Elements of the 68th Regiment took part in both of the battles in Tauranga. The full regiment of 700 men under the command of Colonel Greer played a key role at Gate Pa. Their task was to cordon off the rear of the pa to prevent the defenders from escaping. On the night of 28 April 1864 the regiment waded along the tidal swamps of the Waimapu Estuary and spread out in groups around the south of the pa. When the assault was launched by the 43rd Regiment and Naval Brigade the next afternoon, the 68th Regiment closed up on the pa and tightened the cordon. A group of about 60 Maori tried to escape out the back of the pa but were driven in by the 68th. During the evening the defenders were able to evacuate the pa by slipping through the 68th's cordon in small groups.

At the battle of Te Ranga on 21 June 1864, Colonel Greer was in overall command, and a detachment of the 68th was commanded by Major Shuttleworth. Along with detachments of the 43rd and Waikato Militia they successfully charged the Maori entrenchments and swept the defenders from the position. Approximately 150 Maori were killed in this action.

View of the Officers' mess hut at Tauranga, with officers of the 68th (Durham) Light Infantry in Tauranga (1864). Greer family :Photographs relating to the New Zealand Wars. Ref: PAColl-7806-2-2. Alexander Turnbull Library, Wellington, New Zealand

The above photographs shows the 68th Durham Light Infantry (NCO's at extreme left and right) wearing blue 'jumper' uniforms, differentiated by their different styles of forage cap. The 'jumper' uniform consisted of a loose single-breasted jacket with a pocket in the right breast, made of very dark blue serge. Worn with the dark blue 'pork pie' forage cap with the regimental number in brass on the front (dark green, with the buglehorn badge, for light infantry). Trousers were dark blue with a red welt down the outer seam. The 68th also wore black leather leggings fastened with straps at the side.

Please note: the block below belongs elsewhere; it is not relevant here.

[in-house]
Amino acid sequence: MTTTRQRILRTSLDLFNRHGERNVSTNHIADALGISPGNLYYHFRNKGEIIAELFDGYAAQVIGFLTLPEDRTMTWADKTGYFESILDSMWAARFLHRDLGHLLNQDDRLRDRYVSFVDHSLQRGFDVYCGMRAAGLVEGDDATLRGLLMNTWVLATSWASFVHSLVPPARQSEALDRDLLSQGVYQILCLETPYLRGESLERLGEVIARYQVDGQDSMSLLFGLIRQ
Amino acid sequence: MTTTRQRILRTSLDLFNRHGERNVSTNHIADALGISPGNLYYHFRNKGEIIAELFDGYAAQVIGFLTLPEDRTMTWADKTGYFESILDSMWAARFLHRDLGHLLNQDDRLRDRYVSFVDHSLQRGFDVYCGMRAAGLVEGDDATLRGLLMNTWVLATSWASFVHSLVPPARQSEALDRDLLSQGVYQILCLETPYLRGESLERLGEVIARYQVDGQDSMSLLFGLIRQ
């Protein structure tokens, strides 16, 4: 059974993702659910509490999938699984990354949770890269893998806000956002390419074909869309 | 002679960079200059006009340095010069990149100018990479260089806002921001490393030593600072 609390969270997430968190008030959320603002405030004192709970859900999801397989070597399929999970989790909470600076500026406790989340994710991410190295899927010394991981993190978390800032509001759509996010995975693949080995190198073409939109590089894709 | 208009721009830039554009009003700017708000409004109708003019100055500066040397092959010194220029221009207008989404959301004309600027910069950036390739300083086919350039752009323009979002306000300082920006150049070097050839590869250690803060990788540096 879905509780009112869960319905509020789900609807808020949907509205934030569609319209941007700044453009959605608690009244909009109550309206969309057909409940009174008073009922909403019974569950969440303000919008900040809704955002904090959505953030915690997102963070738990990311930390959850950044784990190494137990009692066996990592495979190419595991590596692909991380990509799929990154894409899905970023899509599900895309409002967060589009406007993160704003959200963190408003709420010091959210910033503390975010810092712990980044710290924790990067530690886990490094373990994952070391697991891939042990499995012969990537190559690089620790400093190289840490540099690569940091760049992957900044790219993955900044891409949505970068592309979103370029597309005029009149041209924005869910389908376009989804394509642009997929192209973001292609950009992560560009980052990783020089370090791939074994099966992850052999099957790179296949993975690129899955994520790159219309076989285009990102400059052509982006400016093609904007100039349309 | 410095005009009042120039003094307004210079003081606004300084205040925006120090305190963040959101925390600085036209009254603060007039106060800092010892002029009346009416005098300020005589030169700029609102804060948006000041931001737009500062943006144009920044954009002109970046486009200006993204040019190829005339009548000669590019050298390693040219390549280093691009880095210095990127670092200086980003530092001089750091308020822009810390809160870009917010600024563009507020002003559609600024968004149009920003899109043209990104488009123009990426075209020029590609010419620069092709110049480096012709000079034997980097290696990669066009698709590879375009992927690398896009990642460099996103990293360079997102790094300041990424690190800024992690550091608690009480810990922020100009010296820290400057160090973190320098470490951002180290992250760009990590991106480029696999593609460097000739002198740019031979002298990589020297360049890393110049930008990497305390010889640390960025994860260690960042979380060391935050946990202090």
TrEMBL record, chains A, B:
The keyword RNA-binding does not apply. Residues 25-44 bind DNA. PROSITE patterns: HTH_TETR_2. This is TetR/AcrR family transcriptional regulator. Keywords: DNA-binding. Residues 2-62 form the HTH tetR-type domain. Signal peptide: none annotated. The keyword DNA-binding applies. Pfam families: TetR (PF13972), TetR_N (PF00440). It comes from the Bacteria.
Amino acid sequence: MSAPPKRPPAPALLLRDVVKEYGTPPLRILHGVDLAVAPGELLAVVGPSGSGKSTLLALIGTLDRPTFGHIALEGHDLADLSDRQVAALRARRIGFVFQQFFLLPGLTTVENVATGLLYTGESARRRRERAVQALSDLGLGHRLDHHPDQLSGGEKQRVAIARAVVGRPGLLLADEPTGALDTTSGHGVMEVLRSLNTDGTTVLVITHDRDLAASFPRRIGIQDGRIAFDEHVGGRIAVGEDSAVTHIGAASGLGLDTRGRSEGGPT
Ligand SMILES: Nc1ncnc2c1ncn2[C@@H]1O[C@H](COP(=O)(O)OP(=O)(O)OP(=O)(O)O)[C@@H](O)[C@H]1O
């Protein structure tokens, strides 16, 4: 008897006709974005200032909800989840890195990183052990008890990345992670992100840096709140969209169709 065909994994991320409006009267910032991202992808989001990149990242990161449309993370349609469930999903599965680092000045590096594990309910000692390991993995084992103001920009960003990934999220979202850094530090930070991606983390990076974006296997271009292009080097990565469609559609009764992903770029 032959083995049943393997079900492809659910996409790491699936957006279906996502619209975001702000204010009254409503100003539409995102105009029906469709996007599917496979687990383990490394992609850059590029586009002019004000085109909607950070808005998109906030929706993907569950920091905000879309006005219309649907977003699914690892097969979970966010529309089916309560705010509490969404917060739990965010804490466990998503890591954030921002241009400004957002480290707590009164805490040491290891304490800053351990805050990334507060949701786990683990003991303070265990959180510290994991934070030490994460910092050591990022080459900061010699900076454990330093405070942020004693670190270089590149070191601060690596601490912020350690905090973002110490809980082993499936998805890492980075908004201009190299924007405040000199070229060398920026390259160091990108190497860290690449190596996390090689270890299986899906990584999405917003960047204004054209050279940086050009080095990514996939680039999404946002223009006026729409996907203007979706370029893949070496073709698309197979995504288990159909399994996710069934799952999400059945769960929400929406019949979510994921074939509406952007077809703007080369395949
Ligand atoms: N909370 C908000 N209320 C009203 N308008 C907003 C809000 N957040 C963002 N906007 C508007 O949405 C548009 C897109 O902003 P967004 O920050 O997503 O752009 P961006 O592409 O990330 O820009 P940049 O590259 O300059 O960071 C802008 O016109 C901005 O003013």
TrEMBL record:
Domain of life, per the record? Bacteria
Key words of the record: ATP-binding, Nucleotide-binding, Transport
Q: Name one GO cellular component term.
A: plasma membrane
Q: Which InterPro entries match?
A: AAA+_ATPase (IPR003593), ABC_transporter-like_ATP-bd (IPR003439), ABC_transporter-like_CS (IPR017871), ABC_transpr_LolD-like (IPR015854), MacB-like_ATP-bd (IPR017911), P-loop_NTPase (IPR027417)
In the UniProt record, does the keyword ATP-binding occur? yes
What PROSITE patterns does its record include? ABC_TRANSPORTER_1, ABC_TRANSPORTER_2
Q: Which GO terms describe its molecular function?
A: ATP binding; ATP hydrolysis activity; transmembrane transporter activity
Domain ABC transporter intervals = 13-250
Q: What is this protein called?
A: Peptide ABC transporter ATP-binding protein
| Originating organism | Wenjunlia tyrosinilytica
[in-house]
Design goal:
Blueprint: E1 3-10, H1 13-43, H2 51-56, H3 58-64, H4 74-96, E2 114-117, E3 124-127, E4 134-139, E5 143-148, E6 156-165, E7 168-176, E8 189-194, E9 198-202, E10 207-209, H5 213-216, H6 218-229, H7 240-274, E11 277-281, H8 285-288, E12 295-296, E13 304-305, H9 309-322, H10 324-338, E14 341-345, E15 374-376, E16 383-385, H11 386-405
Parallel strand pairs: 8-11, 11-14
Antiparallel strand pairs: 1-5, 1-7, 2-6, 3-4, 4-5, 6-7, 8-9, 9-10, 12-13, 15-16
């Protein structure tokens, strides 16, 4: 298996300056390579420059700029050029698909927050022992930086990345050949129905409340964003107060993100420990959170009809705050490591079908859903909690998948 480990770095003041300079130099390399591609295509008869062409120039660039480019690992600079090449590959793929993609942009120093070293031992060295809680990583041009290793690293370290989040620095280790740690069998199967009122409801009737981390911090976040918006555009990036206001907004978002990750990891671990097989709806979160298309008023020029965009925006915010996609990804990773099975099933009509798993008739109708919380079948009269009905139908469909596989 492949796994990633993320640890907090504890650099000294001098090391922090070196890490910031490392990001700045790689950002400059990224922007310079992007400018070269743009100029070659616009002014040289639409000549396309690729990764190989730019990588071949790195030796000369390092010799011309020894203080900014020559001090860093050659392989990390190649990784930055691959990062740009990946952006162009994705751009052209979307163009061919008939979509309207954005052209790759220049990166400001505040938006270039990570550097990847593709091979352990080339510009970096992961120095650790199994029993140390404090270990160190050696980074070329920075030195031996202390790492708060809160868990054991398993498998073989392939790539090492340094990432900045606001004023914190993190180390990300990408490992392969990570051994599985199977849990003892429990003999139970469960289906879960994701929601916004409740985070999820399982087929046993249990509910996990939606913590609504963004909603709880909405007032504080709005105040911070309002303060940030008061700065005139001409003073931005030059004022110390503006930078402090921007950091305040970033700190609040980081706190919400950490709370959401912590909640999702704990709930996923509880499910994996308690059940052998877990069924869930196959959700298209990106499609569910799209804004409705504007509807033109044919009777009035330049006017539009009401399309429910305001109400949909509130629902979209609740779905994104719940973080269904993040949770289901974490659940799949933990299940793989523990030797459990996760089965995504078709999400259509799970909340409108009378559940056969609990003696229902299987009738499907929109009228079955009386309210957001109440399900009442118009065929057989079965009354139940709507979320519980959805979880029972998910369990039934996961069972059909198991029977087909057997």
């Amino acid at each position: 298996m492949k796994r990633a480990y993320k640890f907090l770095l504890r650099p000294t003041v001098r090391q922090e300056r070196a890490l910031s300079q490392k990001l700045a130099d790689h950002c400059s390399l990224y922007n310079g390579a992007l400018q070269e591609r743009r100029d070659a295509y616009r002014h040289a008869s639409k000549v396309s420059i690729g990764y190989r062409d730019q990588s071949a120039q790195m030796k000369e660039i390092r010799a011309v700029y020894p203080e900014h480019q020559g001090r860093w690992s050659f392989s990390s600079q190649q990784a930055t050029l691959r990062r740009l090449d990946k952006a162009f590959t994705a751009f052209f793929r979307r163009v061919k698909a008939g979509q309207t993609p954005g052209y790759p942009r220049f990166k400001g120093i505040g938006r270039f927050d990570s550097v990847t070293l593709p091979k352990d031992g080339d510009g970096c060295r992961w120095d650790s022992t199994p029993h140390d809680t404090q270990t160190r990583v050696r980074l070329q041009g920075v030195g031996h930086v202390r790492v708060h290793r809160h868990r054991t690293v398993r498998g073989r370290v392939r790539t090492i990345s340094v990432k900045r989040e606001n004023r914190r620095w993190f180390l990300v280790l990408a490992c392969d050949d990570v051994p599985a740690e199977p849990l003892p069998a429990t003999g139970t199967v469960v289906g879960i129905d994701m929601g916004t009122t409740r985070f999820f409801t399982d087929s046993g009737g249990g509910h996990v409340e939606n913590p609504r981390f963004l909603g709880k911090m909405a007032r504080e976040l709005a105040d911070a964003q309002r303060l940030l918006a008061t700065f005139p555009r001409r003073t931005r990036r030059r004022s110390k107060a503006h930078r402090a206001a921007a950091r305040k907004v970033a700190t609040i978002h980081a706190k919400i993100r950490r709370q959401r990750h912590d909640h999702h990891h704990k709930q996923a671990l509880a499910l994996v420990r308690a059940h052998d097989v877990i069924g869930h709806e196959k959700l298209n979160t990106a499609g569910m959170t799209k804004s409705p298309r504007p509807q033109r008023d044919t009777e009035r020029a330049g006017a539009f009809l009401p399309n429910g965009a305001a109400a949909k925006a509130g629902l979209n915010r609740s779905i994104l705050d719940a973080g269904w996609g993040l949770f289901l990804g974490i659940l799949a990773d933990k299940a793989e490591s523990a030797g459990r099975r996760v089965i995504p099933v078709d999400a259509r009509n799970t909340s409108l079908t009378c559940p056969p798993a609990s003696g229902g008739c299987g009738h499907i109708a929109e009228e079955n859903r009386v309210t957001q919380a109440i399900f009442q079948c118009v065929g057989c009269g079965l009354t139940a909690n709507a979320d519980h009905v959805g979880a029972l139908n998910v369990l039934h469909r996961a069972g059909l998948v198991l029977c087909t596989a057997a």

The regiment left New Zealand in 1866.

A direct link between the Durham Light Infantry and the New Zealand Infantry Regiment goes back to the fighting in Borneo in the early 1960s where both regiments served consecutively. The New Zealand Infantry Regiment adopted the Durham Light Infantry’s stable belt which is bottle green with two thin red stripes. The belt is still worn by all regular infantry soldiers in New Zealand.

As a result of the re-organisation of the British Army the Durham Light Infantry Regiment no longer exists, although there is still a regimental association of former members.

 

70th (East Surrey) Regiment ('Glasgow Greys')

The Regiment were in New Zealand from 1863 to 1866. A flying column under the command of Brevit-Lieut.-Colonel Ryan was present at Gate Pa (Daily Southern Cross, 3 January 1866, p. 5).

 

Royal Artillery: C Battery, 4th Brigade

'C Battery, 4th Brigade Royal Artillery, arrived at Auckland on the 4th. March, 1861, under the command of Captain Mercer; the battery mustered 220 of all ranks, with 180 horses, which were brought from Sydney by Captain Watson and Veterinary surgeon Anderson, R.A.' New Zealand Herald (23 June 1866, p. 5)

About 50 members of the Royal Artillery: C Battery, 4th Brigade were present at the Battle of Gate Pā.